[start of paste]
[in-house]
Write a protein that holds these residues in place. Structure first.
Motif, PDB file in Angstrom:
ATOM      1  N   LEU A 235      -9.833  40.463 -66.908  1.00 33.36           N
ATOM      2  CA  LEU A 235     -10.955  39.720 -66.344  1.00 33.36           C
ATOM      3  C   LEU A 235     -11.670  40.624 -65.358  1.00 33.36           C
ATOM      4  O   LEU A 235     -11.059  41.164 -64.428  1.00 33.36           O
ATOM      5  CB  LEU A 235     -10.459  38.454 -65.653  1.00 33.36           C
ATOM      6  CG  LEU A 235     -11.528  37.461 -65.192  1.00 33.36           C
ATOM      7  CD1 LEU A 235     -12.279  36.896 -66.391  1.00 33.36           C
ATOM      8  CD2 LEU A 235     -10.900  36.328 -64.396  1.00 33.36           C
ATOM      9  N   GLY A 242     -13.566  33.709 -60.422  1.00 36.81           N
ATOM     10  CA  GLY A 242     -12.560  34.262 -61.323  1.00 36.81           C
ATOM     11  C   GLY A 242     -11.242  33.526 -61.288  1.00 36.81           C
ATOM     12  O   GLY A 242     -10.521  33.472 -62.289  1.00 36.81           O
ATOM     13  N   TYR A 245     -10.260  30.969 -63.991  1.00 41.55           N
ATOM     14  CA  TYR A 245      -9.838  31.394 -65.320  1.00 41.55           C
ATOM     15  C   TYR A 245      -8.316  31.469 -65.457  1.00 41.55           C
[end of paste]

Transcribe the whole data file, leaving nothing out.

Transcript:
[in-house]
Write a protein that holds these residues in place. Structure first.
Motif, PDB file in Angstrom:
ATOM      1  N   LEU A 235      -9.833  40.463 -66.908  1.00 33.36           N
ATOM      2  CA  LEU A 235     -10.955  39.720 -66.344  1.00 33.36           C
ATOM      3  C   LEU A 235     -11.670  40.624 -65.358  1.00 33.36           C
ATOM      4  O   LEU A 235     -11.059  41.164 -64.428  1.00 33.36           O
ATOM      5  CB  LEU A 235     -10.459  38.454 -65.653  1.00 33.36           C
ATOM      6  CG  LEU A 235     -11.528  37.461 -65.192  1.00 33.36           C
ATOM      7  CD1 LEU A 235     -12.279  36.896 -66.391  1.00 33.36           C
ATOM      8  CD2 LEU A 235     -10.900  36.328 -64.396  1.00 33.36           C
ATOM      9  N   GLY A 242     -13.566  33.709 -60.422  1.00 36.81           N
ATOM     10  CA  GLY A 242     -12.560  34.262 -61.323  1.00 36.81           C
ATOM     11  C   GLY A 242     -11.242  33.526 -61.288  1.00 36.81           C
ATOM     12  O   GLY A 242     -10.521  33.472 -62.289  1.00 36.81           O
ATOM     13  N   TYR A 245     -10.260  30.969 -63.991  1.00 41.55           N
ATOM     14  CA  TYR A 245      -9.838  31.394 -65.320  1.00 41.55           C
ATOM     15  C   TYR A 245      -8.316  31.469 -65.457  1.00 41.55           C